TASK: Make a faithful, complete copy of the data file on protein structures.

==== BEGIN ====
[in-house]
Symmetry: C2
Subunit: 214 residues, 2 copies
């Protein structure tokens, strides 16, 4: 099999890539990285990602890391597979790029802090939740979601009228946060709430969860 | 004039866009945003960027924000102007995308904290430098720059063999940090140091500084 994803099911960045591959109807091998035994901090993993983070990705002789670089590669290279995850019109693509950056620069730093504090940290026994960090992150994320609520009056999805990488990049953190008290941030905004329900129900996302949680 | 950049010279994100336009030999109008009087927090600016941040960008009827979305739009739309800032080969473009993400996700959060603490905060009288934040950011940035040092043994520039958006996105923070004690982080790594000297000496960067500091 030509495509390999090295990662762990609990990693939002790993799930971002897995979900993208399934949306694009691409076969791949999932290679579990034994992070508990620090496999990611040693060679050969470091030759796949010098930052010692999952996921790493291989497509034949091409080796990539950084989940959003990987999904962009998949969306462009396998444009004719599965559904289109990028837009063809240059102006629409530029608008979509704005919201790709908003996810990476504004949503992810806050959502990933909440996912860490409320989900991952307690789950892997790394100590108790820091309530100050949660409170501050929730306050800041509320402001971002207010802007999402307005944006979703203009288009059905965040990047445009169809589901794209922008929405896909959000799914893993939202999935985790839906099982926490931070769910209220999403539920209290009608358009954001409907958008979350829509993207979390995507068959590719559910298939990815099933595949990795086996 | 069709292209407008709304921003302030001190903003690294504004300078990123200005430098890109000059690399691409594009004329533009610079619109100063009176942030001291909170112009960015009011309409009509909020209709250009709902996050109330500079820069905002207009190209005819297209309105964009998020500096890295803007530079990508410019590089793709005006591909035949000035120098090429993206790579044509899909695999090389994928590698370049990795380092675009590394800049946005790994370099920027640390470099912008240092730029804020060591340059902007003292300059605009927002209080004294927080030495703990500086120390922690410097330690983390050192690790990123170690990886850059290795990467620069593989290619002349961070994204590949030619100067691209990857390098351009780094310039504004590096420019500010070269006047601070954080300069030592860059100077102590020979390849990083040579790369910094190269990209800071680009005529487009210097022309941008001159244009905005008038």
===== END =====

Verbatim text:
[in-house]
Symmetry: C2
Subunit: 214 residues, 2 copies
């Protein structure tokens, strides 16, 4: 099999890539990285990602890391597979790029802090939740979601009228946060709430969860 | 004039866009945003960027924000102007995308904290430098720059063999940090140091500084 994803099911960045591959109807091998035994901090993993983070990705002789670089590669290279995850019109693509950056620069730093504090940290026994960090992150994320609520009056999805990488990049953190008290941030905004329900129900996302949680 | 950049010279994100336009030999109008009087927090600016941040960008009827979305739009739309800032080969473009993400996700959060603490905060009288934040950011940035040092043994520039958006996105923070004690982080790594000297000496960067500091 030509495509390999090295990662762990609990990693939002790993799930971002897995979900993208399934949306694009691409076969791949999932290679579990034994992070508990620090496999990611040693060679050969470091030759796949010098930052010692999952996921790493291989497509034949091409080796990539950084989940959003990987999904962009998949969306462009396998444009004719599965559904289109990028837009063809240059102006629409530029608008979509704005919201790709908003996810990476504004949503992810806050959502990933909440996912860490409320989900991952307690789950892997790394100590108790820091309530100050949660409170501050929730306050800041509320402001971002207010802007999402307005944006979703203009288009059905965040990047445009169809589901794209922008929405896909959000799914893993939202999935985790839906099982926490931070769910209220999403539920209290009608358009954001409907958008979350829509993207979390995507068959590719559910298939990815099933595949990795086996 | 069709292209407008709304921003302030001190903003690294504004300078990123200005430098890109000059690399691409594009004329533009610079619109100063009176942030001291909170112009960015009011309409009509909020209709250009709902996050109330500079820069905002207009190209005819297209309105964009998020500096890295803007530079990508410019590089793709005006591909035949000035120098090429993206790579044509899909695999090389994928590698370049990795380092675009590394800049946005790994370099920027640390470099912008240092730029804020060591340059902007003292300059605009927002209080004294927080030495703990500086120390922690410097330690983390050192690790990123170690990886850059290795990467620069593989290619002349961070994204590949030619100067691209990857390098351009780094310039504004590096420019500010070269006047601070954080300069030592860059100077102590020979390849990083040579790369910094190269990209800071680009005529487009210097022309941008001159244009905005008038």